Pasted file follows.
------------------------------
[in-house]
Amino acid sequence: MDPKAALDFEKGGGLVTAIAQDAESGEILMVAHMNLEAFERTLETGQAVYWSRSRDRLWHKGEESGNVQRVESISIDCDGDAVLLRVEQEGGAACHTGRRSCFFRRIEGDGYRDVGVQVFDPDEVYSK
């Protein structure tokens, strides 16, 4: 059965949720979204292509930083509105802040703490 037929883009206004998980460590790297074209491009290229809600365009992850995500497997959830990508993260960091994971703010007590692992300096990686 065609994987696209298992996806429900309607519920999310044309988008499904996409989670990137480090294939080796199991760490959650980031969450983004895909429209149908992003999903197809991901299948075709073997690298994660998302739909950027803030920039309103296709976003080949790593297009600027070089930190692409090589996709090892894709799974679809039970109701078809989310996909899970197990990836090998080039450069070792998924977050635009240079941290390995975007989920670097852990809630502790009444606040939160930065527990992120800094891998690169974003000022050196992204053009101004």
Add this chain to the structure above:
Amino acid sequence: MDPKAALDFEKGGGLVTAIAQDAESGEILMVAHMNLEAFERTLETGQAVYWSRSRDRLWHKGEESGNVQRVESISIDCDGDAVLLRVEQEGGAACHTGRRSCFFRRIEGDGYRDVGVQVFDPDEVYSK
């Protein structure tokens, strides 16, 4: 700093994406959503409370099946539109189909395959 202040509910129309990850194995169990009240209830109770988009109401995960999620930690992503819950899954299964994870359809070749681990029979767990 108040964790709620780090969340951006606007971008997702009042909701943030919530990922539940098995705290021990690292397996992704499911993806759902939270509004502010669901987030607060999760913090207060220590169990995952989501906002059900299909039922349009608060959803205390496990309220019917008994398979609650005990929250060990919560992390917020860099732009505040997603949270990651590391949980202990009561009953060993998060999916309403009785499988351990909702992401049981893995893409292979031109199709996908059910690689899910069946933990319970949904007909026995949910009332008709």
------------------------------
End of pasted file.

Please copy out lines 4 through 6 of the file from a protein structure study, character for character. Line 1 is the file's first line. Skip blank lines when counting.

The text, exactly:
Add this chain to the structure above:
Amino acid sequence: MDPKAALDFEKGGGLVTAIAQDAESGEILMVAHMNLEAFERTLETGQAVYWSRSRDRLWHKGEESGNVQRVESISIDCDGDAVLLRVEQEGGAACHTGRRSCFFRRIEGDGYRDVGVQVFDPDEVYSK
């Protein structure tokens, strides 16, 4: 700093994406959503409370099946539109189909395959 202040509910129309990850194995169990009240209830109770988009109401995960999620930690992503819950899954299964994870359809070749681990029979767990 108040964790709620780090969340951006606007971008997702009042909701943030919530990922539940098995705290021990690292397996992704499911993806759902939270509004502010669901987030607060999760913090207060220590169990995952989501906002059900299909039922349009608060959803205390496990309220019917008994398979609650005990929250060990919560992390917020860099732009505040997603949270990651590391949980202990009561009953060993998060999916309403009785499988351990909702992401049981893995893409292979031109199709996908059910690689899910069946933990319970949904007909026995949910009332008709």